People can certainly become creative when it comes to completing simple tasks like that of removing a bottle cap. Woodworker [Matt Thompson] has come up with a next-level bottle opener that not only does the job but also functions as a game of chance. (Video, embedded below.)
The process usually starts with a spin of his chore wheel that will surprisingly often advise you to drink a beer. While the bottle cap is removed by a standard wall-mounted opener, the fun starts when the cap falls through a wooden labyrinth of various mechanisms reminiscent of a Rube Goldberg machine. Finally, the cap goes through an arrangement of nails, known as a Galton Board which is also found in some pinball and historic gaming machines, before landing in one of two containers marked “winner” and “try again”. The former will trigger the rotating wheel of a self-built peanut dispenser to provide the thirsty person with some tasty snacks. While we would love to see a making-of video with more technical details of this project, we still appreciate the exquisite woodworking and fine craftsmanship that went into building it.
By the way, if you are ever in need of an Arduino board that can also serve as a bottle opener then have a look at HaDuino.
[Thanks to Emanuel for pointing out the proper name of the Galton Board]
[Rue Mohr] found a very cheap TFT display on an Arduino shield. The chip for the display was an SPF5408, a chip that isn’t supported by the most common libraries. He eventually got it to work after emailing the seller, getting some libraries, and renaming and moving a bunch of stuff. If you have one of these displays, [Rue] just saved you a bunch of time.
You saw [Chris] cast aluminium on the cheap using Kinetic Sand a few weeks ago, didn’t you? He recently got his meaty hands on some titanium through the magic of modern transactional methods and was bowled over by its strength, hardness, and poor heat transfer.
He thought he would cast it into a nice, strong bottle opener. As you can probably guess, that didn’t go so well. First off, it wasn’t easy to saw through the thin rod. Once he did get it split in twain, it was surprisingly cool to the touch except at the tip. This is nasty foreshadowing, no?
[Chris] takes a moment to help us absorb the gravity of what he’s about to do, which of course is to send several hundred amps through that poor rod using a DC arc welder. Special precautions are necessary due to the reaction between oxygen and heated titanium. His trusty graphite crucible is grounded to the bottom of a big aluminium tub, and a cozy blanket of argon from a TIG welder will shield the titanium from burnination.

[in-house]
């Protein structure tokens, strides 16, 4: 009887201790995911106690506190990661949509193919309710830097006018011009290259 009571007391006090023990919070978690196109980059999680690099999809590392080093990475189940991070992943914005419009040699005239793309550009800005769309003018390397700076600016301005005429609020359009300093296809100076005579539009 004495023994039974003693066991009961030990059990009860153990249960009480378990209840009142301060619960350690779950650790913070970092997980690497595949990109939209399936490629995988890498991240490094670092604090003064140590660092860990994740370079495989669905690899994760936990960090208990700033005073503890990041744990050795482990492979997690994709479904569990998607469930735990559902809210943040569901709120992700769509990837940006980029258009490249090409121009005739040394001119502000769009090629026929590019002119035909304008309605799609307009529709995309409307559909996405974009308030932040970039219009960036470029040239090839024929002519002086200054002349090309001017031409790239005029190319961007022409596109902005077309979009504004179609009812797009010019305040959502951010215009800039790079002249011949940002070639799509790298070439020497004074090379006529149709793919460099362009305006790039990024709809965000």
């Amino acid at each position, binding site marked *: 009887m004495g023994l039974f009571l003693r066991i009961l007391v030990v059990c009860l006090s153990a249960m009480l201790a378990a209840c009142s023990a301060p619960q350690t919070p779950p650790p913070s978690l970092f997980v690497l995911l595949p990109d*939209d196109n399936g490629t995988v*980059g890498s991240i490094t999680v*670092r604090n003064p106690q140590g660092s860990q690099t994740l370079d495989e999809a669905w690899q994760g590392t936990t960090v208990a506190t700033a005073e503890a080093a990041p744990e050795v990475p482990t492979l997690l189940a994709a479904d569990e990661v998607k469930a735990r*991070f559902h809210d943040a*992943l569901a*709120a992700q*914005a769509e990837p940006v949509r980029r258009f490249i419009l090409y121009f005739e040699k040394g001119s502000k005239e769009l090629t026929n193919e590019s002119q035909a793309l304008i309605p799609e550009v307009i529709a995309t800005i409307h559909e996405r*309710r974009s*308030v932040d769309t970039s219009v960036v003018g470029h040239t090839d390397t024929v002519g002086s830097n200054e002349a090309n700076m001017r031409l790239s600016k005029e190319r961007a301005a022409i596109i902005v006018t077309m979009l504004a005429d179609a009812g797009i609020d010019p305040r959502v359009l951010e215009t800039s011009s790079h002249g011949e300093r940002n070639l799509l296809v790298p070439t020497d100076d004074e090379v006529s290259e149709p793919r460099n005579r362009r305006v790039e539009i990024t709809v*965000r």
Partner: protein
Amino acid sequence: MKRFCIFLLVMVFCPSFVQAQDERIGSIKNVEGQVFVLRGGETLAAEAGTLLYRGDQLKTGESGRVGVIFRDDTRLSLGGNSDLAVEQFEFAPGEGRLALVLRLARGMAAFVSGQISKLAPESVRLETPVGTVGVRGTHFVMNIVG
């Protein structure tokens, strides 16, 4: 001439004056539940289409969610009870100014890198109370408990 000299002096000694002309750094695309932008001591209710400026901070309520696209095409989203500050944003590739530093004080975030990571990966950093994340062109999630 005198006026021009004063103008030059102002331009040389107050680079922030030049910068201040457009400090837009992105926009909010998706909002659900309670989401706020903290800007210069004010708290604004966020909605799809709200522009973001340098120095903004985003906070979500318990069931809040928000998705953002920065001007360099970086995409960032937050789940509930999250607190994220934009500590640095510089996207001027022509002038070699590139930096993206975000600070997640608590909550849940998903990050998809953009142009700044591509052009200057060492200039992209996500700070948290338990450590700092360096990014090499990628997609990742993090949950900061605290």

Well . . . the titanium didn’t melt. Furthermore, the crucible is toast. On the up side, vise-enabled cross-sectional examination of the crucible proved that there was still gold in them there walls.
Do you have any (constructive, on-topic) suggestions for [Chris]? Let him know below.
[Patrick Herd] had a project that required him to strip about twenty Mindstorm batteries from their plastic enclosures. It’s not too tough getting into them but it does require drilling out the plastic rivets. He made a jig and used a CNC mill to automate the process.
Speaking of CNC, [Bertho] added some abstraction to distance himself from what he calls the “50+ years archaic syntax and grammar that G-code programs have”. The project is a meta-compiler for G-Code.
Just make sure you do all the lathe work for a custom speaker enclosure before you start pounding back those brewskis. Not only does [Shaun’s] creation look modern and stylish, but it boasts more than enough power to bump some tunes.
Here’s a project that adds LED feedback to your XBMC installation. It uses a Raspberry Pi to run the media center software, and a script to monitor it and actuate the lights on an Adafruit add-on board. At first glance you may not think much of it, but this is all the logic control you need to automate your viewing room. Who doesn’t want a home theater that automatically dims once you’ve made your viewing selection?
And finally, [08milluz] snagged some reactive electronics in the form of Disney’s Mickey Mouse ears. Apparently they glow different colors at live shows and based on where they are worn within the park. He did a complete teardown to show off the hardware within. It turns out to be controlled by an MSP430 which are known for their low power consumption. [Thanks Spikeo55]
Frankly we’re tired of Arduino having a bad name here at Hackaday. So [Brian Benchoff] came up with a way to make it useful to a wider audience. His creation, which we call the HaDuino, lets you use the Arduino clone to open a tasty bottle of beer.